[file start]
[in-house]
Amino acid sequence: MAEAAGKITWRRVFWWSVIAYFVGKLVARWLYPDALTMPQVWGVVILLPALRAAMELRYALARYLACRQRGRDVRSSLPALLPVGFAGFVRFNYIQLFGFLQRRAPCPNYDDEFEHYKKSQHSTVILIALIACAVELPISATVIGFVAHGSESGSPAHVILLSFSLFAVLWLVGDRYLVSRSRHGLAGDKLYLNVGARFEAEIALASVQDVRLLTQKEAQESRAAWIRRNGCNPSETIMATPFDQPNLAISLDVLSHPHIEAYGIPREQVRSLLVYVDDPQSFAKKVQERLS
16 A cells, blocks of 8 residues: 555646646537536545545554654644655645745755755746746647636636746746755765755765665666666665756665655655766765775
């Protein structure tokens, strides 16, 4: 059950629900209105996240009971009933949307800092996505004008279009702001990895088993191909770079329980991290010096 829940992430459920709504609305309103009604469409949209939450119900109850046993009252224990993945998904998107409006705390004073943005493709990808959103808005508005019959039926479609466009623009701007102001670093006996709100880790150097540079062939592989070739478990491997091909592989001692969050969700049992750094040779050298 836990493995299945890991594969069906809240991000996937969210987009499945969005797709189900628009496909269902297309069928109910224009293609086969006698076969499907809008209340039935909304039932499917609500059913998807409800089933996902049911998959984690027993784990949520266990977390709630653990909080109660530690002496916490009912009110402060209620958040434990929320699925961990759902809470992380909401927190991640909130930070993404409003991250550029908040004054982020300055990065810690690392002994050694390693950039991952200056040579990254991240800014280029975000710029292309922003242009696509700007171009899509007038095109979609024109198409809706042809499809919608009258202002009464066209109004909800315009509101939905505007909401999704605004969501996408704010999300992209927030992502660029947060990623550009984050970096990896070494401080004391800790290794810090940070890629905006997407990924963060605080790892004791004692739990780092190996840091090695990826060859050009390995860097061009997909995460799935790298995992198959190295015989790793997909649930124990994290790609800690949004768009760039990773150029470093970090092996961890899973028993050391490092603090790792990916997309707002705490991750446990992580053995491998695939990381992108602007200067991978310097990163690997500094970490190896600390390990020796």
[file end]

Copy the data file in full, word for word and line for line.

[in-house]
Amino acid sequence: MAEAAGKITWRRVFWWSVIAYFVGKLVARWLYPDALTMPQVWGVVILLPALRAAMELRYALARYLACRQRGRDVRSSLPALLPVGFAGFVRFNYIQLFGFLQRRAPCPNYDDEFEHYKKSQHSTVILIALIACAVELPISATVIGFVAHGSESGSPAHVILLSFSLFAVLWLVGDRYLVSRSRHGLAGDKLYLNVGARFEAEIALASVQDVRLLTQKEAQESRAAWIRRNGCNPSETIMATPFDQPNLAISLDVLSHPHIEAYGIPREQVRSLLVYVDDPQSFAKKVQERLS
16 A cells, blocks of 8 residues: 555646646537536545545554654644655645745755755746746647636636746746755765755765665666666665756665655655766765775
């Protein structure tokens, strides 16, 4: 059950629900209105996240009971009933949307800092996505004008279009702001990895088993191909770079329980991290010096 829940992430459920709504609305309103009604469409949209939450119900109850046993009252224990993945998904998107409006705390004073943005493709990808959103808005508005019959039926479609466009623009701007102001670093006996709100880790150097540079062939592989070739478990491997091909592989001692969050969700049992750094040779050298 836990493995299945890991594969069906809240991000996937969210987009499945969005797709189900628009496909269902297309069928109910224009293609086969006698076969499907809008209340039935909304039932499917609500059913998807409800089933996902049911998959984690027993784990949520266990977390709630653990909080109660530690002496916490009912009110402060209620958040434990929320699925961990759902809470992380909401927190991640909130930070993404409003991250550029908040004054982020300055990065810690690392002994050694390693950039991952200056040579990254991240800014280029975000710029292309922003242009696509700007171009899509007038095109979609024109198409809706042809499809919608009258202002009464066209109004909800315009509101939905505007909401999704605004969501996408704010999300992209927030992502660029947060990623550009984050970096990896070494401080004391800790290794810090940070890629905006997407990924963060605080790892004791004692739990780092190996840091090695990826060859050009390995860097061009997909995460799935790298995992198959190295015989790793997909649930124990994290790609800690949004768009760039990773150029470093970090092996961890899973028993050391490092603090790792990916997309707002705490991750446990992580053995491998695939990381992108602007200067991978310097990163690997500094970490190896600390390990020796």